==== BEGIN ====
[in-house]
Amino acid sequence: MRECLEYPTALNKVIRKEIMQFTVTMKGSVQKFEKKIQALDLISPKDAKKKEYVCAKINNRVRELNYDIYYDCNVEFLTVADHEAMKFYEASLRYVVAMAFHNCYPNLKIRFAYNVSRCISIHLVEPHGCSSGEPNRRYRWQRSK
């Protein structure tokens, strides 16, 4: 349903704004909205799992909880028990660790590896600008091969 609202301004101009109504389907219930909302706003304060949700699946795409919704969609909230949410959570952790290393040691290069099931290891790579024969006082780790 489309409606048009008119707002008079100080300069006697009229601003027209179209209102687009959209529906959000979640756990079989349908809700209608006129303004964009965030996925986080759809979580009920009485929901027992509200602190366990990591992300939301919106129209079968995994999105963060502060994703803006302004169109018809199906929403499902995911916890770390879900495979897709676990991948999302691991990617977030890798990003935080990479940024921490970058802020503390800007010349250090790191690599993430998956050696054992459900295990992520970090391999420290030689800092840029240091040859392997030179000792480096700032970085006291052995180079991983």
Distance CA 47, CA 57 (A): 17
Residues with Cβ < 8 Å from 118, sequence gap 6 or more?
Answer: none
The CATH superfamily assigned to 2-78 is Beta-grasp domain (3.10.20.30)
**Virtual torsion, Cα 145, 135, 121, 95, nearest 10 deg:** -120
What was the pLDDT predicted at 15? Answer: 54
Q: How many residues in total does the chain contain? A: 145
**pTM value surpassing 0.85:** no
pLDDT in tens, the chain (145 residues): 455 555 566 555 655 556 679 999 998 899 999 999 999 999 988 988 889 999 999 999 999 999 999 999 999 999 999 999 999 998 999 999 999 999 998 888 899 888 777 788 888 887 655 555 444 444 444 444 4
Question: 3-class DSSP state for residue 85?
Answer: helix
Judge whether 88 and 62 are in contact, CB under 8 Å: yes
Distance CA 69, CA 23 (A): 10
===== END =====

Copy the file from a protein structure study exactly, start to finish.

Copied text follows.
[in-house]
Amino acid sequence: MRECLEYPTALNKVIRKEIMQFTVTMKGSVQKFEKKIQALDLISPKDAKKKEYVCAKINNRVRELNYDIYYDCNVEFLTVADHEAMKFYEASLRYVVAMAFHNCYPNLKIRFAYNVSRCISIHLVEPHGCSSGEPNRRYRWQRSK
């Protein structure tokens, strides 16, 4: 349903704004909205799992909880028990660790590896600008091969 609202301004101009109504389907219930909302706003304060949700699946795409919704969609909230949410959570952790290393040691290069099931290891790579024969006082780790 489309409606048009008119707002008079100080300069006697009229601003027209179209209102687009959209529906959000979640756990079989349908809700209608006129303004964009965030996925986080759809979580009920009485929901027992509200602190366990990591992300939301919106129209079968995994999105963060502060994703803006302004169109018809199906929403499902995911916890770390879900495979897709676990991948999302691991990617977030890798990003935080990479940024921490970058802020503390800007010349250090790191690599993430998956050696054992459900295990992520970090391999420290030689800092840029240091040859392997030179000792480096700032970085006291052995180079991983």
Distance CA 47, CA 57 (A): 17
Residues with Cβ < 8 Å from 118, sequence gap 6 or more?
Answer: none
The CATH superfamily assigned to 2-78 is Beta-grasp domain (3.10.20.30)
**Virtual torsion, Cα 145, 135, 121, 95, nearest 10 deg:** -120
What was the pLDDT predicted at 15? Answer: 54
Q: How many residues in total does the chain contain? A: 145
**pTM value surpassing 0.85:** no
pLDDT in tens, the chain (145 residues): 455 555 566 555 655 556 679 999 998 899 999 999 999 999 988 988 889 999 999 999 999 999 999 999 999 999 999 999 999 998 999 999 999 999 998 888 899 888 777 788 888 887 655 555 444 444 444 444 4
Question: 3-class DSSP state for residue 85?
Answer: helix
Judge whether 88 and 62 are in contact, CB under 8 Å: yes
Distance CA 69, CA 23 (A): 10